• Tasmania’s Jeremy Dineen’s wine secrets and Ashes memories

    Considering what has been happening in the Ashes over the last few weeks it is not surprising to hear Australian winemakers will be making the journey to the UK to be part of this month’s Australia Day tastings. One of which is Jeremy Dineen, chief winemaker at Josef Chromy, part of Bibendum’s Australian offer. Here he gives his take on the Australian wine scene and, as it’s still cricket time, his memories of the Ashes over the years.

    Considering what has been happening in the Ashes over the last few weeks it is not surprising to hear Australian winemakers will be making the journey to the UK to be part of this month’s Australia Day tastings. One of which is Jeremy Dineen, chief winemaker at Josef Chromy, part of Bibendum’s Australian offer. Here he gives his take on the Australian wine scene and, as it’s still cricket time, his memories of the Ashes over the years.

    mm By January 4, 2018
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    Over the coming weeks The Buyer will be shining the light on some of the wine producers attending this month’s Australia Day tastings in London, Edinburgh and Dublin. Starting with Tasmania’s Josef Chromy Wines whose chief winemaker Jeremy Dineen will be exhibiting his wines at ADT through Bibendum.

    How was 2017 for you?

    It was a difficult vintage with poor flowering and fruit set producing very low yields.  There will be some high quality Pinot and sparkling, but unfortunately only small quantities.  2017 had a few highs for us, including Alain Passard cooking at the vineyard, serving Pinot Noir on tap from kegs, hosting the fourth instalment of Effervescence (a Tasmanian Sparkling Wine Festival).

    Seeing Einstürzende Neubauten and Mogwai in the same week at the Dark MOFO festival in the south of Tasmania also rates as one of the best memories of 2017.

    What are your hopes for the 2018 vintage? 
    With a strong start to the season and moderate crops, we’re hoping for a solid 2018 with mild and relatively dry weather forecast.

    Where are the best markets for your wine and why? 
    Our most supportive markets are mainland Australia, Japan, UK, Scandinavia and Japan.  We have a small presence in several other markets but these represent the core of our sales, perhaps due to the appreciation of Tasmania’s unique environment and lifestyle as much as for the elegant wine styles.

    Sunset across the Josef Chromy vineyards...
    Sunset across the Josef Chromy vineyards…

    What are your hopes and challenges working in the UK market? 
    Our main challenge is hardly unique, but it’s 17,300 km from the winery to London so it not easy, quick or cheap to get wines from Tasmania to the UK, nor is it easy to visit!  I’d love to see Tasmanian sparkling wine become more recognised in the UK.  We share similar challenges to UK domestic sparkling winemakers, in that we have a high cost, high quality wine but we’re always competing with wines from regions that have a couple of centuries of history and marketing behind them.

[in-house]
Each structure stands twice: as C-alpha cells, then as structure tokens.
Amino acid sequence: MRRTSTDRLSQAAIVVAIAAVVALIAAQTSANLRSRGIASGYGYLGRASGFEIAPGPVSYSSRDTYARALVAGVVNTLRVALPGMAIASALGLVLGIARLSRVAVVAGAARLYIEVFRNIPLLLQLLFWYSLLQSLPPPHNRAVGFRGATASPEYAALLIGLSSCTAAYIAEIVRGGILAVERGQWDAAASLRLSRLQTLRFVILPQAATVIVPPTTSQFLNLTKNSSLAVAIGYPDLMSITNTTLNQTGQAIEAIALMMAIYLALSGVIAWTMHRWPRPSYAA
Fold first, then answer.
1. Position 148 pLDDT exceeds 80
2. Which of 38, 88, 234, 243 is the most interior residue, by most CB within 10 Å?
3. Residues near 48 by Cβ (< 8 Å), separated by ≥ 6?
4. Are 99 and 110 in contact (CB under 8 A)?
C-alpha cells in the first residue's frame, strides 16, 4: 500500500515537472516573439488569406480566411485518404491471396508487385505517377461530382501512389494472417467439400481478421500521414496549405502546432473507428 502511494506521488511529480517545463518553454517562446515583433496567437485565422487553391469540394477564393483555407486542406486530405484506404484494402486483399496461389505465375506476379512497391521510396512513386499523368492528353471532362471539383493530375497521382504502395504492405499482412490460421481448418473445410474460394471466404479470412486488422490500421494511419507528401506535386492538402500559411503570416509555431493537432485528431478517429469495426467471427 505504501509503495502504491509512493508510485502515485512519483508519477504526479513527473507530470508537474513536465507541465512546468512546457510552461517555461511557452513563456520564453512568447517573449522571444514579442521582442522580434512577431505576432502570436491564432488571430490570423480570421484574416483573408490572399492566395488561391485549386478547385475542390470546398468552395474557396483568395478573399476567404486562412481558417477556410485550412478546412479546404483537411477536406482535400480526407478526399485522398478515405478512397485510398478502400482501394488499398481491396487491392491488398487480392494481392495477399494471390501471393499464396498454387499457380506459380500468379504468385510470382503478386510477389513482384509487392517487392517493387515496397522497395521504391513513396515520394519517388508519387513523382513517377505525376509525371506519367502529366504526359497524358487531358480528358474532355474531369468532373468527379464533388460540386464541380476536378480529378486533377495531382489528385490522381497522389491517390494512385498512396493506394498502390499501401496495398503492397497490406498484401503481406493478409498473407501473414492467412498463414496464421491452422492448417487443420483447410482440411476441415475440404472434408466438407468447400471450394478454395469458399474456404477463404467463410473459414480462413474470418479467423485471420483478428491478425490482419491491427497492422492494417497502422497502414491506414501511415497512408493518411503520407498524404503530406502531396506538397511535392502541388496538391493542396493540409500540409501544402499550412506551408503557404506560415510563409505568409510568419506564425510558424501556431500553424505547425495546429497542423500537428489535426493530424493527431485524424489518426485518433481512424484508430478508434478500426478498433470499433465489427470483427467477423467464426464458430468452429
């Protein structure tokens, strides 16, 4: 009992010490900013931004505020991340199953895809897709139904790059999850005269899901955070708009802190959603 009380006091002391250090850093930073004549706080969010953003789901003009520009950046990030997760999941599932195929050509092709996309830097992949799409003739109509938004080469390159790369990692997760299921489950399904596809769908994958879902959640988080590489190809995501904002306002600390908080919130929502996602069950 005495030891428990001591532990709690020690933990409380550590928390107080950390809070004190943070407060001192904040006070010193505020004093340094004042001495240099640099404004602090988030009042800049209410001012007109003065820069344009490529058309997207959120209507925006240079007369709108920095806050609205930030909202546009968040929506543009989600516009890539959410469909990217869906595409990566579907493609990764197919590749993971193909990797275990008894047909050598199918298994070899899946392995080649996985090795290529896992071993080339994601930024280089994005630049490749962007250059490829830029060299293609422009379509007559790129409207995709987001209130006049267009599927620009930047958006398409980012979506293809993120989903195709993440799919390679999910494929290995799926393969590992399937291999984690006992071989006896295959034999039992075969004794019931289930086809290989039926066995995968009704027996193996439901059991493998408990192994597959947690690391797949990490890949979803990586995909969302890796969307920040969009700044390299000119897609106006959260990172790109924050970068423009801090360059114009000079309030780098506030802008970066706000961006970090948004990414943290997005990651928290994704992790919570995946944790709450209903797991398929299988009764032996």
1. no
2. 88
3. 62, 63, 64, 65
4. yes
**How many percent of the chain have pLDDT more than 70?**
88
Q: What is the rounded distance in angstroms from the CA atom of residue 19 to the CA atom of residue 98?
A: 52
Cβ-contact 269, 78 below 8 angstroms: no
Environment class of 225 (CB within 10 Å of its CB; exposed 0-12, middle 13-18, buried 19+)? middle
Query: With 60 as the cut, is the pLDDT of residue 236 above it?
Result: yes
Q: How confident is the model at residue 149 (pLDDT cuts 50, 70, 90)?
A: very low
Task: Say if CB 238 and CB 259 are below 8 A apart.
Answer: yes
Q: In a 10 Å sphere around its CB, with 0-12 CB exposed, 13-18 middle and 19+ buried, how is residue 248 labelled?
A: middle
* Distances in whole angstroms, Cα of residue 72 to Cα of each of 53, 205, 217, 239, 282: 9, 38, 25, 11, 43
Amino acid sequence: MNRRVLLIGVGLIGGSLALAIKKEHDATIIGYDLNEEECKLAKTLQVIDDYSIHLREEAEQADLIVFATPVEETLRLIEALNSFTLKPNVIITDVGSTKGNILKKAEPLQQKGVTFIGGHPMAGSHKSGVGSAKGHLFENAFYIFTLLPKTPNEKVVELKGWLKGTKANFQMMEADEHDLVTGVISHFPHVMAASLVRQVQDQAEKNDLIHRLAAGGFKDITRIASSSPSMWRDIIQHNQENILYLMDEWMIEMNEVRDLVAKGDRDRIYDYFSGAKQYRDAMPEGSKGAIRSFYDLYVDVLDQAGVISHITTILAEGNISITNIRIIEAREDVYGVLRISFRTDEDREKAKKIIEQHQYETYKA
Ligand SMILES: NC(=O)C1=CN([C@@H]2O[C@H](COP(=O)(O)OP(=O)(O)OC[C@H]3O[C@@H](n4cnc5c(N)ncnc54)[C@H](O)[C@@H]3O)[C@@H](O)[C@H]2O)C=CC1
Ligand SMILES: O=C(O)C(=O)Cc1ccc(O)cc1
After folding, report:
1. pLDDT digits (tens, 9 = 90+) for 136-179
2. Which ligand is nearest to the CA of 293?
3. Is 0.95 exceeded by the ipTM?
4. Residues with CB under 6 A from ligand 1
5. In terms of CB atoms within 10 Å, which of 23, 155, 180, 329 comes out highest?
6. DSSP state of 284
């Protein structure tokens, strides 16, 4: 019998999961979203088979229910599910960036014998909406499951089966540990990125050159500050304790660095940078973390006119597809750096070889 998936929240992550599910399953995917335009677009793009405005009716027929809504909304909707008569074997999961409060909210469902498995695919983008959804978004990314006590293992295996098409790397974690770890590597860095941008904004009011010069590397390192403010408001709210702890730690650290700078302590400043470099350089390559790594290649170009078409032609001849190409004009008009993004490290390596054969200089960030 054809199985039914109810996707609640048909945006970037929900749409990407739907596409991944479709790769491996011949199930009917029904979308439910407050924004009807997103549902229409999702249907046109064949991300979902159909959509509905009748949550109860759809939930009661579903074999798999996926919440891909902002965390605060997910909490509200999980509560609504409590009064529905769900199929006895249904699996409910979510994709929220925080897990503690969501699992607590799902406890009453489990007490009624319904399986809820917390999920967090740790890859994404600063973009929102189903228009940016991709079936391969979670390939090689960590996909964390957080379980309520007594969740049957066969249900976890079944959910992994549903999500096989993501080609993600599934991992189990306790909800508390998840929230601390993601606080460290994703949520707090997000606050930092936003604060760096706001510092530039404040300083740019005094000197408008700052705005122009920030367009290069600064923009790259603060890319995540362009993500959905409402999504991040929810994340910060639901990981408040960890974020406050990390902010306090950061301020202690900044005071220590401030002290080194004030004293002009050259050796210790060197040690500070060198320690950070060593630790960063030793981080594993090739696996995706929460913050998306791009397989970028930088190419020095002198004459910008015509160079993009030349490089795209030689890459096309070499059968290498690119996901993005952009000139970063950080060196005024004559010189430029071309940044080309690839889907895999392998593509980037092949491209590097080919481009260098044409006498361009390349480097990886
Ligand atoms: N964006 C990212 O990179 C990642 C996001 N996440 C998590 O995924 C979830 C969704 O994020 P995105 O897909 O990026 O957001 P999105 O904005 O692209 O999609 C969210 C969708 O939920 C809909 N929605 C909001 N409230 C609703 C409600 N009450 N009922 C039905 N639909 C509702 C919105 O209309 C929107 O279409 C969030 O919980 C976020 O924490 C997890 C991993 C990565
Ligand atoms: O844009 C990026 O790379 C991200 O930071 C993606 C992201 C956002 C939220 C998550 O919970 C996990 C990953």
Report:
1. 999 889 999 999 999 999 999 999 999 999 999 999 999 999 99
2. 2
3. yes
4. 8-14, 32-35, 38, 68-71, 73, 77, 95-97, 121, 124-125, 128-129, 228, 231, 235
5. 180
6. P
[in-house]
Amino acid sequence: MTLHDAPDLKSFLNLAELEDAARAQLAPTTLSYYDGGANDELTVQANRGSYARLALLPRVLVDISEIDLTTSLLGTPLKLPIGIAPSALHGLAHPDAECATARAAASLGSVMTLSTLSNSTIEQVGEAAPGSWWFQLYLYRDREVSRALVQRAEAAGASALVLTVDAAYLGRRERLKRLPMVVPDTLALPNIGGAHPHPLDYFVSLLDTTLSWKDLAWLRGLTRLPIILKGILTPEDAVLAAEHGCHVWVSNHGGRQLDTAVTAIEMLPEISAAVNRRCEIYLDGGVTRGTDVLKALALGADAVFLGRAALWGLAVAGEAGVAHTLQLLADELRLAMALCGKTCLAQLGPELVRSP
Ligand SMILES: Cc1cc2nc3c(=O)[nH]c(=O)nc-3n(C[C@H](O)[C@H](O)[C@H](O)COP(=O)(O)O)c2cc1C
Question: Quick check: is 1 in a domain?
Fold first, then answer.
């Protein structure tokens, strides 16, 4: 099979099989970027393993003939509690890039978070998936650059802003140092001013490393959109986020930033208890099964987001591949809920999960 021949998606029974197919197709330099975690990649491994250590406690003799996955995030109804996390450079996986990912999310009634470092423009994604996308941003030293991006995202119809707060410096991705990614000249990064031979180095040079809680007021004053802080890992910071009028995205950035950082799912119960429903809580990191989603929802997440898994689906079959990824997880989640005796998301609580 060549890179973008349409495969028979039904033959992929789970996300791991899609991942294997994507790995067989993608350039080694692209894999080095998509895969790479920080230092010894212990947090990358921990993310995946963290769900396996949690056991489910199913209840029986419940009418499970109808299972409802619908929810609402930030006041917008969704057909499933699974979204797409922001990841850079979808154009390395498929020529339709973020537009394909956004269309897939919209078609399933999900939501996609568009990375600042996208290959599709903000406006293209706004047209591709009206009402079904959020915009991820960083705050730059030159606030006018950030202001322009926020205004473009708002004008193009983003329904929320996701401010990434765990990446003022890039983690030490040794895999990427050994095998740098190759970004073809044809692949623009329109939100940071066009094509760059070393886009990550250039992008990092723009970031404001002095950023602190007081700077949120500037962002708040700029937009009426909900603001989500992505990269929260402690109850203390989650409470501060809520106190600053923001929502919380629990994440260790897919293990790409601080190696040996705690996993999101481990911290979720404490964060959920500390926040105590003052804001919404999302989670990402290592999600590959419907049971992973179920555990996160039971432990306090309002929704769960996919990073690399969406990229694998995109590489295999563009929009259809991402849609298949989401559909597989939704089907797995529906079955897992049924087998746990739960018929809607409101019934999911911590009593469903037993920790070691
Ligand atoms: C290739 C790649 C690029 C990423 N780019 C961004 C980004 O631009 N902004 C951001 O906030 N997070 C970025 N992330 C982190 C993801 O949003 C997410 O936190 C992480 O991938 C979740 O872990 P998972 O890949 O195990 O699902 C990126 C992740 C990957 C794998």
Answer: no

It is why we are going to be at the Australia Day tastings later in the month as we want buyers and sommeliers to be able to see and taste for themselves why Tasmanian wine is so different from Australian wine.
     
    Which of your wines are best suited to the UK?
    Our Pinot and Chardonnay have always had really positive reception, particularly from the UK on-trade.
    OK let’s talk cricket. Other than the current series what have been your favourite Ashes memories?

    The first day of every Boxing Day Ashes Test is always special, but the favourite memory would probably be David Boon’s 52 cans of beer he managed to consume on the flight over for the 1989 Ashes series.

    It’s also pretty hard to forget Mike Hussey hitting the winning runs in Adelaide, Ashton Agar’s debut innings or David Boon’s short leg catch in 1994 that gave Shane Warne an Ashes hat-trick (see below…if you can face it!).


    Best Australian cricketer – batsman and bowler?
    It would be easy to go by the stats and pick Bradman or Warne, but I’d say Adam Gilchrist, not only for his flair and attacking style, but for his sportsmanship and honesty and I can’t go past Dennis Lillee as an Ashes bowling hero.

    Best English cricketer – batsman and bowler? 
    I could pick Ian Botham for both but if I have to name one of each it would be David Gower and James Anderson.

    Favourite ground – and why? 
    Maybe showing a bit of parochialism but my favourite ground is the TCA Ground in Hobart.  It sits in an elevated position with amazing views of the Derwent River and Mount Wellington and it’s also where I saw my first game of international cricket.

    Earliest Ashes memory?

    My earliest Ashes memory is probably the 1982-83 tour (Australia won the five test series two tests to one).
    Best wine to relax and watch the cricket with?

    Test match cricket demands wines that can be consumed over long periods, so a crisp, lower alcohol Tasmanian Riesling to maintain freshness, verve and allow continuing consumption without excessive inebriation. Or a Pinot that will continue to change and evolve in the glass, and maintain interest for long periods.

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